4. Bartend in New York City

Zane Sand, class of 2020, was only 18 years old when he became a full time bartender in New York this past summer. His decision to do so was driven mainly by a need to prove wrong those who said he could never do so. Sand was able to hustle his way to a bartending job after first being hired as a barback when he demonstrated his skills and showed extreme dedication to his work. While not typically prestigious, this is an astounding accomplishment, as Sand says, “I was probably the only person 18 and bartending in New York City.”

While this job involved some rough hours, he was also able to get a lot out of his time, saying, “You get to learn about the dark underbelly of humanity”. Through this, he came to understand that, “You cannot tell [people] how to live their life.” It was, on the whole, an enlightening experience. Sand also found confidence in his ability to financially support himself, even in a notoriously overpriced city.

5. Confirm that you enjoy the career you want to pursue

…even if that means taking an unpaid position at a less prestigious organization. In her second summer, Werner (2019) was able to secure a position in her desired field of journalism.

However, this internship, which came jam-packed with valuable experience and skill building, came without any compensation attached, at a small paper in the town where she could live with a parent, to do the work she wanted to without losing money. While this may not be feasible for everyone, looking to smaller, less notorious companies when first starting out may help you be able to take on the type of work you are most interested in, even if it isn’t particularly glamorous.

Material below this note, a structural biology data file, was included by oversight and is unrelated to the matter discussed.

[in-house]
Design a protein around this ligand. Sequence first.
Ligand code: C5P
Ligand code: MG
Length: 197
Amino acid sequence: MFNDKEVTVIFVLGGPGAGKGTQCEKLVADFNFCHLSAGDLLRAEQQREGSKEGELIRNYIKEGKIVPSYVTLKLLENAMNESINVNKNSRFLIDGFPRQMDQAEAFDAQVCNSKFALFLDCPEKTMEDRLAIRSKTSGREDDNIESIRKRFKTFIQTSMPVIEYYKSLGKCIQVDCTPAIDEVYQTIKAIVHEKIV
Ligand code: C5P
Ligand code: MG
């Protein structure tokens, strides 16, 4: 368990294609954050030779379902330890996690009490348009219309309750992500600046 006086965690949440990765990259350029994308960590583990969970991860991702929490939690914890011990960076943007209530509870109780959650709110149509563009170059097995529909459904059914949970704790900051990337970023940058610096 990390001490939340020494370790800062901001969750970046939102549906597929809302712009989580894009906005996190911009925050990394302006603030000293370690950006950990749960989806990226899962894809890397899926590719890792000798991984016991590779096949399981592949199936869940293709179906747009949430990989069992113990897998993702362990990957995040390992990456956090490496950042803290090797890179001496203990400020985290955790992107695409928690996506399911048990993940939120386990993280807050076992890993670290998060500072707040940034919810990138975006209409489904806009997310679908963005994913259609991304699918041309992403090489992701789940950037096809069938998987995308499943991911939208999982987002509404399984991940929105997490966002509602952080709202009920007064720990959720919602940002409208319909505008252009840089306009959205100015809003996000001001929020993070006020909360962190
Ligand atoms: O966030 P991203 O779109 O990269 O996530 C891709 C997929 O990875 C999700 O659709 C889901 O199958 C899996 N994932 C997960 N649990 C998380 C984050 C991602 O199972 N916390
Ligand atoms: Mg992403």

6. Confirm that you do not want to do research  

As a Natural Sciences major, Colette Brown, class of 2019, decided to seek out a position doing research in her second summer, despite the fact that she already believed she did not want to do research at any point in her career. This experience was still valuable and rewarding to her in many ways. She was able to join a team working on atmospheric research in Boulder, Colorado, and work as an independent researcher even under the title of “intern”.

Photo: Gabriela Negrete

Brown also felt as if she grew personally by removing herself from the intense context of Minerva and academic expectations. She said that when she was praised for her work, she realized that, “Minerva does not do a good job at telling you when you have done a good job.” So, even though she came out of the experience reassured that she would not pursue further research positions, her time in Boulder was still extremely enjoyable both in her personal growth and professional experience of being “treated like a scientist.”

7. Build a network

Louis Brickman, class of 2019, spent his last summer doing something he never intended to—hanging around without a job in his home of New York City. This was due to an unfortunate series of events which prevented him from getting the security clearance necessary to work at the US State Department, where he had been offered an internship.